Wilde Oats is an online literary magazine. It celebrates gay and bisexual fiction. It embraces the joys and agonies of life for gay and bisexual men, from hard gritty realism to wild flights of romantic fantasy.

Wilde Oats has gone through some big changes in recent months: we have moved to a new server and changed our appearance. The journal is published three times a year - in April, August and December. Between issues, you can find out what's happening, read snippets of new stories, see new artwork, and keep up to date by visiting us here.

Thursday, December 29, 2011

Finding The Other Spirit

Finding The Other Spirit is a fascinating tale by Christopher Wagoner.  It fits right in with the theme of issue nine of Wilde Oats, frontiers, but it's a frontier of a different kind.

I glance over to the woman with the steno pad. Her short-cropped, graying hair makes her look rugged. Her face looks like it's seen its fair share of wind and rain. She's wearing green checkered flannel over a light sweater. Maybe she's an outdoor writer, used to how quickly Montana nights can steal your warmth if you aren't prepared. She's no longer scribbling on her pad. Instead she seems to have taken an unusual interest in the man under the cowboy hat.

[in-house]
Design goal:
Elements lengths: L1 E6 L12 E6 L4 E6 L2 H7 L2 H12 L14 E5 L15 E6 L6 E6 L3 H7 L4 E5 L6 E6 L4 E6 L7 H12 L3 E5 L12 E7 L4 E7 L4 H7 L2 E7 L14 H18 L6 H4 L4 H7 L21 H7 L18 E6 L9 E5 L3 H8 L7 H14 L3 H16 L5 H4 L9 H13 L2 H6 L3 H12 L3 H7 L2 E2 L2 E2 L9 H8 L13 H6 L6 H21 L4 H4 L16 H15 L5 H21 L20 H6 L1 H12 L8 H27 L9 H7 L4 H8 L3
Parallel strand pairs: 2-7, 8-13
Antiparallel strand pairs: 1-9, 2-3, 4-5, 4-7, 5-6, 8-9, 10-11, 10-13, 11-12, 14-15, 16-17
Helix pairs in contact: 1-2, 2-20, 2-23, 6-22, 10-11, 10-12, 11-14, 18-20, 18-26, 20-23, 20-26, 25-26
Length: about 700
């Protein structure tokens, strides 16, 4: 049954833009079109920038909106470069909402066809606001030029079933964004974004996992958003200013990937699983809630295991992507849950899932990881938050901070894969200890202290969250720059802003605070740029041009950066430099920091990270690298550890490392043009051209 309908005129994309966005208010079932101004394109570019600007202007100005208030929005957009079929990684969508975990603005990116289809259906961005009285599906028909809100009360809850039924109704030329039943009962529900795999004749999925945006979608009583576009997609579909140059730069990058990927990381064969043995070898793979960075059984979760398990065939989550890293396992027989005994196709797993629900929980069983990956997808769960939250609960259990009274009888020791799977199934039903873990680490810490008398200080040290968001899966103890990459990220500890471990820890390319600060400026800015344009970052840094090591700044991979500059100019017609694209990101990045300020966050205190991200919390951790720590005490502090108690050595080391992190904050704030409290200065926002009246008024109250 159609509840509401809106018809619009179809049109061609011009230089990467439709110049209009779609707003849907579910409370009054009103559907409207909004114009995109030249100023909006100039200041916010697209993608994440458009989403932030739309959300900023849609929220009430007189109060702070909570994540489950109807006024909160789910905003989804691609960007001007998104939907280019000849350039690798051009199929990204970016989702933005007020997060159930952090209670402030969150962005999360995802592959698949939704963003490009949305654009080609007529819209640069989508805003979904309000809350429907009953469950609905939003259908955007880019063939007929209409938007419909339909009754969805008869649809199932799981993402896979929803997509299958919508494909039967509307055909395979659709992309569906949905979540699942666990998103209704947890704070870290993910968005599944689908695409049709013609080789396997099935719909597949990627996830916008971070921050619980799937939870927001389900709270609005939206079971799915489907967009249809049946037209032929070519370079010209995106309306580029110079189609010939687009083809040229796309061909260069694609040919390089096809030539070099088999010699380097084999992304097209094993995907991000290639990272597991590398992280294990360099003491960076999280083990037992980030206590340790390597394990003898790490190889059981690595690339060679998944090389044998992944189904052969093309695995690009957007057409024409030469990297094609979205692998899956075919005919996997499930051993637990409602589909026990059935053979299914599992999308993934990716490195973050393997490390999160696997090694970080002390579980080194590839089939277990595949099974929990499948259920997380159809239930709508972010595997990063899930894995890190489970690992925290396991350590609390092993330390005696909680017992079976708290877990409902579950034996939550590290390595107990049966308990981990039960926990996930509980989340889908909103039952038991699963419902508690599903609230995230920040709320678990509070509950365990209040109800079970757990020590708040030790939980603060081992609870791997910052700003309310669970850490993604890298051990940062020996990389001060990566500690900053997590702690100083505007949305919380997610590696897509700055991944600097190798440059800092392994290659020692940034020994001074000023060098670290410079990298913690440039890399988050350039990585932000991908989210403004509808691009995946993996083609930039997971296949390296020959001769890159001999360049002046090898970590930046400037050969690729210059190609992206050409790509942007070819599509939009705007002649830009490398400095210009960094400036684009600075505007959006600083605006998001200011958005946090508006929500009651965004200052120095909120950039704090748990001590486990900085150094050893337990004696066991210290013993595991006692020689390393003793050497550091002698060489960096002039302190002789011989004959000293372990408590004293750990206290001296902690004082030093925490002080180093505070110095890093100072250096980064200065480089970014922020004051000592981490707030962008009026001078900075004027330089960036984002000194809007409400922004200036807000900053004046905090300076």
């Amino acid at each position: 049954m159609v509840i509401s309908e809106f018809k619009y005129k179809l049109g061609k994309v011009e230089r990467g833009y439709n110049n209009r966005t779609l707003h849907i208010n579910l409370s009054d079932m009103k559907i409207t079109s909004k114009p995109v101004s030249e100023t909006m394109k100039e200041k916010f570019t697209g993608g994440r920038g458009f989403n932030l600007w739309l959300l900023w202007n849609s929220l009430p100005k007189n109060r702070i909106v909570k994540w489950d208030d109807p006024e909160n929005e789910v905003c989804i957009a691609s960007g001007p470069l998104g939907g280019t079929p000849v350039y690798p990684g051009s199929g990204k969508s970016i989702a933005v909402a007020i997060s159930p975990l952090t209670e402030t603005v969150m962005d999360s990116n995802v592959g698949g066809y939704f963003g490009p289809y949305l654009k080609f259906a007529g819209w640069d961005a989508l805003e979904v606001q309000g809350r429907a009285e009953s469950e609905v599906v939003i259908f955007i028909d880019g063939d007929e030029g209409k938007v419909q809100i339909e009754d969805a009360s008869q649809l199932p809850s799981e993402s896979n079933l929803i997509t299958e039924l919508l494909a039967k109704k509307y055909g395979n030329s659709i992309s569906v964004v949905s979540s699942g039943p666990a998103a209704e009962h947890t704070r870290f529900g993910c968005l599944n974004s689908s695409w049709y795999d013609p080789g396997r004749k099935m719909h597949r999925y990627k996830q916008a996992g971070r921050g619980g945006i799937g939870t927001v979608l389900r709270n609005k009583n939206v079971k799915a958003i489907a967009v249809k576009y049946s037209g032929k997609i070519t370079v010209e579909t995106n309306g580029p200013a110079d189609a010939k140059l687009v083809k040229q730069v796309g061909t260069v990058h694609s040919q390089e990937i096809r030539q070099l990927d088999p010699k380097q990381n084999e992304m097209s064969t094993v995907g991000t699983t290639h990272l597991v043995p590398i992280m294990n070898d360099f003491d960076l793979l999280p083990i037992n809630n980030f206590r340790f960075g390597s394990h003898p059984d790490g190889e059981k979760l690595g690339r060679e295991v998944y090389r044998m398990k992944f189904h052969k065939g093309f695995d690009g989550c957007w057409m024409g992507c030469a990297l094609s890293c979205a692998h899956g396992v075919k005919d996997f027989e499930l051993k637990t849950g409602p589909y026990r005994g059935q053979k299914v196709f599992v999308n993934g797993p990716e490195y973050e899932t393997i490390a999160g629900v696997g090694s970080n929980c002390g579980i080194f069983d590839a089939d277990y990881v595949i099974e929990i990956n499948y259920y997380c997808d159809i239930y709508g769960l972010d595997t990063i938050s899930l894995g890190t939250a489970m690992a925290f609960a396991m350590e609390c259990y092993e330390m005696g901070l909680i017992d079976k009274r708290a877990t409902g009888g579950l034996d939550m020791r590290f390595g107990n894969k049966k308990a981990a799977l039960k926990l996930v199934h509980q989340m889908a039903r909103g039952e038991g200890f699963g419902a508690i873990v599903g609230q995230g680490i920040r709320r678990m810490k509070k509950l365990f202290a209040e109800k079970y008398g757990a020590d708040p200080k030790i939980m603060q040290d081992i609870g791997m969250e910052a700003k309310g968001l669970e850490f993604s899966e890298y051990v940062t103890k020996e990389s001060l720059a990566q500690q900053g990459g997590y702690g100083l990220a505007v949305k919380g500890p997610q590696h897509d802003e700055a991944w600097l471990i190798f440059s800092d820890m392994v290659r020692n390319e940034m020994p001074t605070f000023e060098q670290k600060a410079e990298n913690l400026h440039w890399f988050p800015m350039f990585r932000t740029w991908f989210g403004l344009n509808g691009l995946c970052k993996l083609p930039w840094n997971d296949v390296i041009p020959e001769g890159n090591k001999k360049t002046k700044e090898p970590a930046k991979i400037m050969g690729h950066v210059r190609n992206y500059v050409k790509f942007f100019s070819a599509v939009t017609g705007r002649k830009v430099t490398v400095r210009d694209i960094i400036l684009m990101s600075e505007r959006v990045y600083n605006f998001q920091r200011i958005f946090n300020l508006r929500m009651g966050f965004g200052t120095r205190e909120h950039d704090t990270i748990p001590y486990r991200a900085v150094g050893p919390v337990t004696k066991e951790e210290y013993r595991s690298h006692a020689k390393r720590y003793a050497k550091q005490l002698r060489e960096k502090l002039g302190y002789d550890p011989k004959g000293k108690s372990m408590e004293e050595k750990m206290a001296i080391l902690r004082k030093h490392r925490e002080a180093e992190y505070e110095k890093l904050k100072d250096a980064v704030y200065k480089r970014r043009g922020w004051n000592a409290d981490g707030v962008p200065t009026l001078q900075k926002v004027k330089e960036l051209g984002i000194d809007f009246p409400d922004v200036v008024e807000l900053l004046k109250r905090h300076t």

My eyes skirt over to what seems to have piqued her interest. The man slouches back, his salt and pepper goatee tucked down tight against his adam's apple. The brim of his weathered hat dips to just below his eyebrows, hiding half his face. There's a stub of a Marlboro dangling between a pair of cracked lips. He's wearing one of those duster coats which hangs down the legs of his bar stool.
I can see the calluses of his hands from across the bar. His left thumb flicks the lid off his brass Zippo, igniting it in one smooth, practiced motion. He snaps it shut, killing the flame, only to repeat the motion a few seconds later. Each time the wick flares, the shadow masking his face recedes for a second, just enough to give a tantalizing glimpse. His features are a peculiar mix of Native and European blood.
It's hard to tell from his face alone how old he is. Past the goatee and hint of stubble, his cheeks look creased but not wrinkled. It's the look of constant windburn. He can't be much older than me. Middle thirties at most. I can tell by the glint in his eyes. Focused. Ravenous. Their amber irises flicker within the shadow mask like the flame of the Zippo they pretend to concentrate on.

Source : Wikipedia Commons

No comments:

Post a Comment